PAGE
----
Libby Purves is joined by engineer Sam Etherington; Royal Marine turned actor Cassidy Little; ceramicist Emma Bridgewater and anthropologist and writer Professor Merry ‘Corky’ White.

Sam Etherington recently joined Britain’s engineering Hall of Fame for his pioneering work on wave energy. The 24-year-old engineer follows in the footsteps of Isambard Kingdom Brunel, George Stephenson, Barnes Wallace and other great British engineers. Sam came up with his design for a multi-axis wave converter after being buffeted by waves while out kitesurfing.

Cassidy Little is a former Royal Marine turned actor. He plays the title role in Owen Sheers’s play, The Two Worlds of Charlie F, which tells the story of modern warfare from a soldier’s perspective. Cassidy studied performance and dance in the US before joining 42 Commando Royal Marines. It was while serving on his second tour in Afghanistan in 2011 that he lost a leg in an IED blast. The Two Worlds of Charlie F is touring the UK.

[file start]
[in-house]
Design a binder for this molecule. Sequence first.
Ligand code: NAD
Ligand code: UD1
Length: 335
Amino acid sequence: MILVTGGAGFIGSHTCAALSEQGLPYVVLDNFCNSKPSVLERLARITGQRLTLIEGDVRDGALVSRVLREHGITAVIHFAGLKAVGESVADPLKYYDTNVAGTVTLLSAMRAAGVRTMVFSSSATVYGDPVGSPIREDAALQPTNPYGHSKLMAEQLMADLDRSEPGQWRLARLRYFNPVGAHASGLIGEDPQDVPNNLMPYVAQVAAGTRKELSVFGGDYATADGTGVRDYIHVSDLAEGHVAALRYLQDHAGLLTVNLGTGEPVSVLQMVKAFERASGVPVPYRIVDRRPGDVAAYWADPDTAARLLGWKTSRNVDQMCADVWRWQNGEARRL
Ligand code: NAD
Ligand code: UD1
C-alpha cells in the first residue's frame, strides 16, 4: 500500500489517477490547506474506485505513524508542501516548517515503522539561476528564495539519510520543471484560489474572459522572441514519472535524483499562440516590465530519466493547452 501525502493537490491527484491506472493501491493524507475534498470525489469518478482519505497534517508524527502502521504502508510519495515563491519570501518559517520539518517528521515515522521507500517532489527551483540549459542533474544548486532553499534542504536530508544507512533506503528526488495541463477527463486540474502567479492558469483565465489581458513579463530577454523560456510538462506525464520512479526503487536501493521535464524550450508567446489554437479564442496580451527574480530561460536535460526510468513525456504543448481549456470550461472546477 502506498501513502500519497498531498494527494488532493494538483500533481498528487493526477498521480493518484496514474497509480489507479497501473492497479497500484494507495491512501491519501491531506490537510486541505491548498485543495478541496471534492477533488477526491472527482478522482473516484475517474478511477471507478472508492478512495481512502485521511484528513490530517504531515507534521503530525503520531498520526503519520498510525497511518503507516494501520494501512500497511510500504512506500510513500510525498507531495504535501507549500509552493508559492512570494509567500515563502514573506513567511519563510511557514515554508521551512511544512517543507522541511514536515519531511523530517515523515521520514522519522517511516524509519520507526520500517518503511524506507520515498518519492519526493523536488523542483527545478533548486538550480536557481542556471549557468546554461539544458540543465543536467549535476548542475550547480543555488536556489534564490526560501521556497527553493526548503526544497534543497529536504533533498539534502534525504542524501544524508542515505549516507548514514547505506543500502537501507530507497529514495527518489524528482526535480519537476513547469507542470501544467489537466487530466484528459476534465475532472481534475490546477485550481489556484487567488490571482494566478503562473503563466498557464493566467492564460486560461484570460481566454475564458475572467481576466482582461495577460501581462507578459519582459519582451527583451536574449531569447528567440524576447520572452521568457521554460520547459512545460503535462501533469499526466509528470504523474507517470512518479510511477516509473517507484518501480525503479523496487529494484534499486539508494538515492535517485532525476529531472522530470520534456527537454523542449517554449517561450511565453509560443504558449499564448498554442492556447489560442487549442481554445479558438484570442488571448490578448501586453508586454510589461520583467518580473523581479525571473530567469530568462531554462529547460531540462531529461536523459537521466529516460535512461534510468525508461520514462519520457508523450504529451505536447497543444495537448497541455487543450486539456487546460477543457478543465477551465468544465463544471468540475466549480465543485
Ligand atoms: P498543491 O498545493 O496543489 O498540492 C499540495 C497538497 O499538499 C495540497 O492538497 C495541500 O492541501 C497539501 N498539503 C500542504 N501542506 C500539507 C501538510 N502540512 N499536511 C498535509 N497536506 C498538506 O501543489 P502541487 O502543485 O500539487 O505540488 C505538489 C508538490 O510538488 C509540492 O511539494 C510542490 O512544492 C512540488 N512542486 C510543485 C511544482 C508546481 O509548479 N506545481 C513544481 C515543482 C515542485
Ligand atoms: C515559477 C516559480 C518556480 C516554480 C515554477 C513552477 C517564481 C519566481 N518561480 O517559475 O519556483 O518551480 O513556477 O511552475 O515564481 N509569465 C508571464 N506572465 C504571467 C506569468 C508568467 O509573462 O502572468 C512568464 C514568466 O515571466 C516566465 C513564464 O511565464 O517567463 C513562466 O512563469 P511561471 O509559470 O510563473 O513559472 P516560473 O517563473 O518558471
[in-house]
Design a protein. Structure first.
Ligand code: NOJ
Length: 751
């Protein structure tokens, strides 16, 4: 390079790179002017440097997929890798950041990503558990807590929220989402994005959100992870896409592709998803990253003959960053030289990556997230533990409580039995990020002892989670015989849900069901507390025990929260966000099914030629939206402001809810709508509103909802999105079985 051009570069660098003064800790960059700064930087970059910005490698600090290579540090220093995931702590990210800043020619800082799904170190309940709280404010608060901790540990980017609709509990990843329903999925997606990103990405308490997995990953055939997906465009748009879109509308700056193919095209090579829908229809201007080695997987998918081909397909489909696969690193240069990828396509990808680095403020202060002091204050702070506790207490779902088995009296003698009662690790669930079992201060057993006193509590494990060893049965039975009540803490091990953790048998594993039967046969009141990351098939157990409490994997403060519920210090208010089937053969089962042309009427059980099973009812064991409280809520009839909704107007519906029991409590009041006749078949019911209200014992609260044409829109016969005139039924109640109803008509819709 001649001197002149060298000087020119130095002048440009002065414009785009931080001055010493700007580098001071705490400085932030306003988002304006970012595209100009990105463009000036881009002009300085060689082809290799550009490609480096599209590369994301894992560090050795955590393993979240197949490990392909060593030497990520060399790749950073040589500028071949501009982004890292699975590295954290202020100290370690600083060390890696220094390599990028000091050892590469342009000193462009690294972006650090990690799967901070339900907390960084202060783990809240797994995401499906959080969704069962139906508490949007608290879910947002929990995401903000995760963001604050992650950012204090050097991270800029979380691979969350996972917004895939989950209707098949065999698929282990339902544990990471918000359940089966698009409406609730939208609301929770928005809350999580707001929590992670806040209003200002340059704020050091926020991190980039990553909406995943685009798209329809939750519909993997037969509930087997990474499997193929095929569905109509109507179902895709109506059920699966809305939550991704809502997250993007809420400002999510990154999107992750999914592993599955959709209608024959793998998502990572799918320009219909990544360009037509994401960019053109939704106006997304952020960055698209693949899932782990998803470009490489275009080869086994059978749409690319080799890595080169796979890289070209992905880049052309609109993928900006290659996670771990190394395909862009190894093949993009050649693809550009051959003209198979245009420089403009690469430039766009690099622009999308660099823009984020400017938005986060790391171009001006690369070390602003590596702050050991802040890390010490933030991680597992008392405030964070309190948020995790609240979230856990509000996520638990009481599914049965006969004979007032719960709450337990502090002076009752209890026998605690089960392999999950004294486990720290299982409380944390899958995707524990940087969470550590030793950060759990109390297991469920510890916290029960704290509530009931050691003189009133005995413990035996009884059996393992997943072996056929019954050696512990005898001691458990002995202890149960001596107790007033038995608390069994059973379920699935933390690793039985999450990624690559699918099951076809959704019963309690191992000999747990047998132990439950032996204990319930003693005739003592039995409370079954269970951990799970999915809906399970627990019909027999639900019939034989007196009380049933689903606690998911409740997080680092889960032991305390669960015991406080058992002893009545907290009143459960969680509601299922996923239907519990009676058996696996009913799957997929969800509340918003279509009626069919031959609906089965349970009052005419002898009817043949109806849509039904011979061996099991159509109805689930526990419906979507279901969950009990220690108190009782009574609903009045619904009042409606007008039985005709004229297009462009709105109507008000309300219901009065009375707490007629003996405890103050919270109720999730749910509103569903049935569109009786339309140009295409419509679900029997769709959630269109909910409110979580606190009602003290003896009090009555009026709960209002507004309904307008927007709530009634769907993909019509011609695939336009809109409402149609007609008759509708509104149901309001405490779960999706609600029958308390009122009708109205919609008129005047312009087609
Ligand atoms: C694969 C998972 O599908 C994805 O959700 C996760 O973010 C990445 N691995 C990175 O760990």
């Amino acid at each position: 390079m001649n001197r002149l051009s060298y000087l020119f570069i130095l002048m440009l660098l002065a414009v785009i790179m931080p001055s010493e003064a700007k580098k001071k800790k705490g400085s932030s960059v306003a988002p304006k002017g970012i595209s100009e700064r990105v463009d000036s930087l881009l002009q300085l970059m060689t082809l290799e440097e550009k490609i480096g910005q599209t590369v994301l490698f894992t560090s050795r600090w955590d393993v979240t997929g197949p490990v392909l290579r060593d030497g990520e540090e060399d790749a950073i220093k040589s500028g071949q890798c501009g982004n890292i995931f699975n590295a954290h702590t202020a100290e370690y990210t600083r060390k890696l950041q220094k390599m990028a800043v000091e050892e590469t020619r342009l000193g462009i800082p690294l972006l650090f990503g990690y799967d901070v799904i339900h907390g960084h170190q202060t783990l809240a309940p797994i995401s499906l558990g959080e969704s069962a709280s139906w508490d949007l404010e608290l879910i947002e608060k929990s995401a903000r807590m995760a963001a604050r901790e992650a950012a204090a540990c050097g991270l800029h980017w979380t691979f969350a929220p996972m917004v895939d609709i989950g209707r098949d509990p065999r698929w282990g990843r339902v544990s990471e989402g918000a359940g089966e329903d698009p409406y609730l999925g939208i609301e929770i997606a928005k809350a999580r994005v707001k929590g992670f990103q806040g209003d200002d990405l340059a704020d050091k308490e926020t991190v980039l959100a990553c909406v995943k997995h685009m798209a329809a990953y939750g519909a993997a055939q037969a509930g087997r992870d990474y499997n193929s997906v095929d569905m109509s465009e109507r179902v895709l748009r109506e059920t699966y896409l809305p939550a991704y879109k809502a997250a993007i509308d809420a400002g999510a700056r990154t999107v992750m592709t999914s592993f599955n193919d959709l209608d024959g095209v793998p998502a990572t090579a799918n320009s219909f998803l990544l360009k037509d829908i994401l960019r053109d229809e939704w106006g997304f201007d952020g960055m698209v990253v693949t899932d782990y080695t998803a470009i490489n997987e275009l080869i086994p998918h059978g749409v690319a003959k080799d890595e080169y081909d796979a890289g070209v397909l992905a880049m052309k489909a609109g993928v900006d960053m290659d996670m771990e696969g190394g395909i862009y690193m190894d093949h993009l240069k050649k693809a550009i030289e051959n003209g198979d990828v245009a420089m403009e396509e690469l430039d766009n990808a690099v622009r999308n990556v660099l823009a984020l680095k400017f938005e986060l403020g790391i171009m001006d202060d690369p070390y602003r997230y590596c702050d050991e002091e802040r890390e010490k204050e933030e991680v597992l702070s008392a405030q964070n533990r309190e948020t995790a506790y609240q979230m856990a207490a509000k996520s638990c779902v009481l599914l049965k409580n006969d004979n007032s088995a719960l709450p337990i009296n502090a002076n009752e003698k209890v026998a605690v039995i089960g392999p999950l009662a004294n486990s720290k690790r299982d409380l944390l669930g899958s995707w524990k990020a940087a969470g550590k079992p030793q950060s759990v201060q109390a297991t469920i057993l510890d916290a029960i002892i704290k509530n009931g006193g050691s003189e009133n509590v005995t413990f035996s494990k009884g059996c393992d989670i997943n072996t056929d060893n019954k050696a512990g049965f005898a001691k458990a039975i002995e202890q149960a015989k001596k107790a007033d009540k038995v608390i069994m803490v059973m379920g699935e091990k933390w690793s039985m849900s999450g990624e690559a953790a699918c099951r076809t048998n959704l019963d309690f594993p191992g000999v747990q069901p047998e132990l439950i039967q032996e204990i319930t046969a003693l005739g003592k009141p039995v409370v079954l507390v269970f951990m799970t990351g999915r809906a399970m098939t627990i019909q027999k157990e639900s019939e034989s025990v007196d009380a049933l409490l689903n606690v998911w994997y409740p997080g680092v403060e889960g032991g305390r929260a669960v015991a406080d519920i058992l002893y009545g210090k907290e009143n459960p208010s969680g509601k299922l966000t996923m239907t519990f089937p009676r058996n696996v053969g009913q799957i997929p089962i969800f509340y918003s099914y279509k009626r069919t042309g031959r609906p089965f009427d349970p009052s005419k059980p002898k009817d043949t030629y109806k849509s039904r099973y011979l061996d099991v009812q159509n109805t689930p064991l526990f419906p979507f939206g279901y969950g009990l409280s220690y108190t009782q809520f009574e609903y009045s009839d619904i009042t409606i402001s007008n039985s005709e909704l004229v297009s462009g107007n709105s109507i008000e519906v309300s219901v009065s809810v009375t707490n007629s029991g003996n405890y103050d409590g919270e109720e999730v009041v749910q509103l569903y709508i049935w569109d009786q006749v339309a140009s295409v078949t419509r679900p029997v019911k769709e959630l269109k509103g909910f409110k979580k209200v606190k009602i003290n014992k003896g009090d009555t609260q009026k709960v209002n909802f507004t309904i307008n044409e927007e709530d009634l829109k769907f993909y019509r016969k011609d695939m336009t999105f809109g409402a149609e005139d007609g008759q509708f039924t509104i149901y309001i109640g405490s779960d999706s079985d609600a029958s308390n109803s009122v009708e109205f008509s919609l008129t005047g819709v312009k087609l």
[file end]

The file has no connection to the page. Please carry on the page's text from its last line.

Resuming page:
Emma Bridgewater is a pottery designer who founded her ceramics company in Stoke-on-Trent in 1985. Her book, Toast and Marmalade and Other Stories, tells the personal stories behind her pieces – she is known for her quintessentially British designs such as trailing sweet peas, blue hens, tumbling roses, plump figs and black toast. Today the business remains committed to the manufacture of British pottery. Toast and Marmalade and Other Stories is published by Saltyard Books.

Merry ‘Corky’ White is professor of anthropology at Boston University. Her book, Cooking for Crowds, celebrates its 40th anniversary with a new edition. Corky was a student and single parent when she started catering for Harvard academics to earn money in 1970. Every week she catered one or two dinners for 25 and one lunch for 50. She credits Julia Child with saving her from her early kitchen nightmares. Cooking for Crowds is published by Princeton University Press.

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